The Future of Social is Mobile

Has Social Gone Mobile

Today’s mobile devices effectively combine elements of computers, entertainment centers and communications networks in a way that both extends and transforms the social networking experience.

The Dutch airline KLM recently came up with an interesting idea. When customers book tickets through its website, they can check out the Facebook and LinkedIn profiles of their fellow passengers – with permission, of course – and decide who they want to sit next to. This increases the chance of having an interesting conversation. Social is going mobile in a big way. In fact, the ability to make or improve real-world connections while on the move is one of the most appealing aspects of social media.

The future of social media is all about facilitating discoverable connections. Just updating your status or tweeting from your desktop is pretty lonely. But when you connect social with mobile and local, the power of social media increases.  Consumers are now able to ‘discover’ friends who are in the same vicinity.

In our 2011 survey of US smartphone users we found that 74% of them use their smartphone for social networking and 42% of them use social networks at least once per day.  And according to GroundTruth, an aggregator of US wireless carrier internet data and a mobile data partner of Compete, social networking is the number one mobile internet activity, composing 57% of sessions and 58% of total time spent online. The success of Foursquare – the location-based service which allows users to tell friends where they’re eating, drinking or hanging out right now – confirms that mobile and social make great companions. This is only the beginning.

When I’m sitting at the airport waiting for a flight, there’s a good chance that about 40 other people I know are in the vicinity. Social media can help me find them. The same is true of trade shows, which are so huge these days that there’s little chance of bumping into somebody you know if it’s not by design.

This insight addresses a common criticism leveled at social networks like Facebook: they encourage virtual, online friendships rather than warm, real world relationships. I’m not saying social media can create human experiences, but it can certainly facilitate them.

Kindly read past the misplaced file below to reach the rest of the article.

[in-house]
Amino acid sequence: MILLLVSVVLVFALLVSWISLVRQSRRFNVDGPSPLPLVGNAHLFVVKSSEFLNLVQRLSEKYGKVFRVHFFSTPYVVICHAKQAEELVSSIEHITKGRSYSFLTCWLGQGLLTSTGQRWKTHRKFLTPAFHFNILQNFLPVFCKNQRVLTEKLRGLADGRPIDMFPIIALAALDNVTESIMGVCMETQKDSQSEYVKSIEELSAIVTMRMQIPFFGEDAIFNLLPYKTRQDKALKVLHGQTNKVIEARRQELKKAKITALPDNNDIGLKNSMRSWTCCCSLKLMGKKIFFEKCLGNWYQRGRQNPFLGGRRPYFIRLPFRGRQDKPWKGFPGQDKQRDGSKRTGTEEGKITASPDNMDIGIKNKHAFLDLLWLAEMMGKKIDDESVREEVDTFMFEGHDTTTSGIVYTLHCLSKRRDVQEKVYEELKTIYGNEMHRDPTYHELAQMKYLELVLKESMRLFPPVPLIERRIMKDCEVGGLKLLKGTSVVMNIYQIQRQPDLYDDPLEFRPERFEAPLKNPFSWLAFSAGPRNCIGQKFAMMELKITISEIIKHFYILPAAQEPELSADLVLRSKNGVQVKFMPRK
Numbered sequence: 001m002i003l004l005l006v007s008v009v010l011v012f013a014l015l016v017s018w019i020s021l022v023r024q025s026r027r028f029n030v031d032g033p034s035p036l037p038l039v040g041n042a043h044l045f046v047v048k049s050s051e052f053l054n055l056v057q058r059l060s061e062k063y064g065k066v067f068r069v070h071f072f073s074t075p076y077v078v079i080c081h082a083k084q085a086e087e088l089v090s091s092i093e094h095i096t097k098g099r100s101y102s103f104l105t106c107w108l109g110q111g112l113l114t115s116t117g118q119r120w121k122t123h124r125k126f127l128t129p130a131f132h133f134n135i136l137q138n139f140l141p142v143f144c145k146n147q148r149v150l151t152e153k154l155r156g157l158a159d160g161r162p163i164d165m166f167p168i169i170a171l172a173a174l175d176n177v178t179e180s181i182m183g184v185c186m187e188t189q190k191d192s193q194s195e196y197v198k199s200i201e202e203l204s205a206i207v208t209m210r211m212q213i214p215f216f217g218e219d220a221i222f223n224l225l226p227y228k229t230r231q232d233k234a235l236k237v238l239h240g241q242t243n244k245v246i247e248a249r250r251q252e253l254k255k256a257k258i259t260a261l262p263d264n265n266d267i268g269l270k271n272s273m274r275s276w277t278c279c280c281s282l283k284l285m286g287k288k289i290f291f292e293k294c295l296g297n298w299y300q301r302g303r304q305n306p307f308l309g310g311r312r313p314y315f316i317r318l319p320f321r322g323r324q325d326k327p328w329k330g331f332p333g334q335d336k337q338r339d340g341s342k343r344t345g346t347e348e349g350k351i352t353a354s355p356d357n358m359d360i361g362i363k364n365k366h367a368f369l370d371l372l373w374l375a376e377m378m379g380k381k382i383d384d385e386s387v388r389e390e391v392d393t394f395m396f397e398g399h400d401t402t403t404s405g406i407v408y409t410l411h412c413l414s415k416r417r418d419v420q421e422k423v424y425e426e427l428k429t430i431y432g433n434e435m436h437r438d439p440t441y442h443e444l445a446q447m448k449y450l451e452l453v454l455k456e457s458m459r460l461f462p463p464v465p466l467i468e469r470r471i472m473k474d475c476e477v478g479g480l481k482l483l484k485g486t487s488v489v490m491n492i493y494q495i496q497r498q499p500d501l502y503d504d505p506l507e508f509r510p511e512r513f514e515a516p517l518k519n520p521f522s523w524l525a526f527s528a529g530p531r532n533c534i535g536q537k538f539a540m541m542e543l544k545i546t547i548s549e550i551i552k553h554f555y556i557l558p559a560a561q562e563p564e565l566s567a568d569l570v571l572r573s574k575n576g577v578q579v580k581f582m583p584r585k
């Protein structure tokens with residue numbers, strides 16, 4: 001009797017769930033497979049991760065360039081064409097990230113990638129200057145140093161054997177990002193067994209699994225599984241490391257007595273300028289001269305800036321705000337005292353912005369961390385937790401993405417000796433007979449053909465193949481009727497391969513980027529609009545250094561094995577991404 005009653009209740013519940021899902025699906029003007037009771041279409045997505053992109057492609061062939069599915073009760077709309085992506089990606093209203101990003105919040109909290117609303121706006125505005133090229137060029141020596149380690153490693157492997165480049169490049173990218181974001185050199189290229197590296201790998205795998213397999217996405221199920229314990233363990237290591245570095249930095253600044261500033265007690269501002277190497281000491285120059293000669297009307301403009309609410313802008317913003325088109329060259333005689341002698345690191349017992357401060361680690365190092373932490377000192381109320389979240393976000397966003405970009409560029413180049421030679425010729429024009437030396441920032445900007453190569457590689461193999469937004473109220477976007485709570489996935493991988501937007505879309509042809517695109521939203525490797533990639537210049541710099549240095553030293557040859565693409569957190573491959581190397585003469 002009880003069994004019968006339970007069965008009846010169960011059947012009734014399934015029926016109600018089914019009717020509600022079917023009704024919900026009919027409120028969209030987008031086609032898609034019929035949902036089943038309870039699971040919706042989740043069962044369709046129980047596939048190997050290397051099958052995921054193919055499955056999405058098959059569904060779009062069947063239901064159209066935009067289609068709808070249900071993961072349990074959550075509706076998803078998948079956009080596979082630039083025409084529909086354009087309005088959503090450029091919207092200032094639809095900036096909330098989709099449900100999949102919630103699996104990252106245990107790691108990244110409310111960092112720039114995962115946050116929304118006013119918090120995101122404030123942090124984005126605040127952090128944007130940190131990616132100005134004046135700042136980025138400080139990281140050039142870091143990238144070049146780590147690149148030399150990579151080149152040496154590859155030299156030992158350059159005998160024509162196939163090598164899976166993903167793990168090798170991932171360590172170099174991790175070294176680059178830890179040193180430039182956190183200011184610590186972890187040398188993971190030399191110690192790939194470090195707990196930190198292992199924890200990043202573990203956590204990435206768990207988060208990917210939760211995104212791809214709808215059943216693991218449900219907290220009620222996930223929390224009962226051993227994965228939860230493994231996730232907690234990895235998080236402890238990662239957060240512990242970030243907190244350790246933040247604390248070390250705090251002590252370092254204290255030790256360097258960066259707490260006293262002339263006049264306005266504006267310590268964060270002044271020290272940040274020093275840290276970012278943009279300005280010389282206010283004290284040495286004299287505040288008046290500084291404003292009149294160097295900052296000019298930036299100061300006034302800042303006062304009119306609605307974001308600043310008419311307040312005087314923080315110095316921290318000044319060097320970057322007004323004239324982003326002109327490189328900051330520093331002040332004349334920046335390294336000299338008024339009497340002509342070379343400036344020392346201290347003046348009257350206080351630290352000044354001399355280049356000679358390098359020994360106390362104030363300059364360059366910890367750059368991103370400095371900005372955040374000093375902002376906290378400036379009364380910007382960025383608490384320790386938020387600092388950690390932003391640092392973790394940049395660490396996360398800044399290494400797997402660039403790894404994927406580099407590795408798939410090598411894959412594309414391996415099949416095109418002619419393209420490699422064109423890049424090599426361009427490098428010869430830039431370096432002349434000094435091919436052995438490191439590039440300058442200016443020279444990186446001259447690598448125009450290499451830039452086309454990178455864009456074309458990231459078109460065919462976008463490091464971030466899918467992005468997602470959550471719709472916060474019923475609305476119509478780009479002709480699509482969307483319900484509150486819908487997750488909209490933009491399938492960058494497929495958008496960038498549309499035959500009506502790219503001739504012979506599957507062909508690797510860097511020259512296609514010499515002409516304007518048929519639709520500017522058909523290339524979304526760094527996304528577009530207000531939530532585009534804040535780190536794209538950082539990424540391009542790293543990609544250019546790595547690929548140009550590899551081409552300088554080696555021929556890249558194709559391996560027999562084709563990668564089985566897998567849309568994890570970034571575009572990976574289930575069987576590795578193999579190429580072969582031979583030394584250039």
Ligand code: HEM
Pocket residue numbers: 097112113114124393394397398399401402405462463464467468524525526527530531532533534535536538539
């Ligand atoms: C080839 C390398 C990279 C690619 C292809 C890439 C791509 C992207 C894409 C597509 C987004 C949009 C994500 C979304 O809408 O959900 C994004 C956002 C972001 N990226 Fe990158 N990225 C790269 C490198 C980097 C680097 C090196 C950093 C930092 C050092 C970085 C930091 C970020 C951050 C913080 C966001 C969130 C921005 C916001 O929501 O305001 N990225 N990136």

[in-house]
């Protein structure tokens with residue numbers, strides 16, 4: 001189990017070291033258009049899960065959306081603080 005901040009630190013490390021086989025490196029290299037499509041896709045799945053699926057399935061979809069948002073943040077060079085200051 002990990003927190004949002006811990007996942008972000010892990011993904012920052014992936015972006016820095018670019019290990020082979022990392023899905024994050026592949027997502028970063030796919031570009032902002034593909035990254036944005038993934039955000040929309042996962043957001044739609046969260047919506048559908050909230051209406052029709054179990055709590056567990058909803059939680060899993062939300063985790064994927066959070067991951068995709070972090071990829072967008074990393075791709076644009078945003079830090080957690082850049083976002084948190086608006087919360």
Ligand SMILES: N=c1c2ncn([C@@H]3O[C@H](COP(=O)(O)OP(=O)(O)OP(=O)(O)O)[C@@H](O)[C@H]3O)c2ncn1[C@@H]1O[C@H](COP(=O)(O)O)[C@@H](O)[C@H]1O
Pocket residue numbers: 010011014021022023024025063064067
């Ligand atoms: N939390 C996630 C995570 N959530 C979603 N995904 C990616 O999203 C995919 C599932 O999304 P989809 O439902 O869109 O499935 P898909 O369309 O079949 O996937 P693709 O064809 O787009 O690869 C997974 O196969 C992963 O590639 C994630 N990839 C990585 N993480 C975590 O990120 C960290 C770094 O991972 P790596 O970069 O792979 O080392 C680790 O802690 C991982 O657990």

Social media have the power to bring people together. Twenty years ago, one lonely teenager obsessed by a particular cult comic book stood a good chance of remaining lonely. Today, thanks to blogs, Facebook and other social media, he or she can find hundreds of like-minded people. Social networks allow you to create your own crowd rather than be forced to fit in with one.

Social media like the photography app Instagram – which turns every Average Joe into a photojournalist – gain part of their power from validation. We are driven to create because our creations can be validated (“liked”) by our friends, in real time.

But there’s also a strong mobile element: we shoot pictures on our phones when we’re out and about. They become a public photo album or documentary that’s appealing to look at and fun to make. Similarly, Twitter at its best is a source of running commentary from a variety of situations, including major news events.

There’s one downside to all this: managing your visibility. It’s great to be able to let people know “I’m here” – but sometimes you don’t want to be found. When you’re busy or just feel like being on your own, you have to remember to hide yourself on your social networks. I think that’s a new skill we’re all going to learn.

*This post was featured on the Kantar Media E Room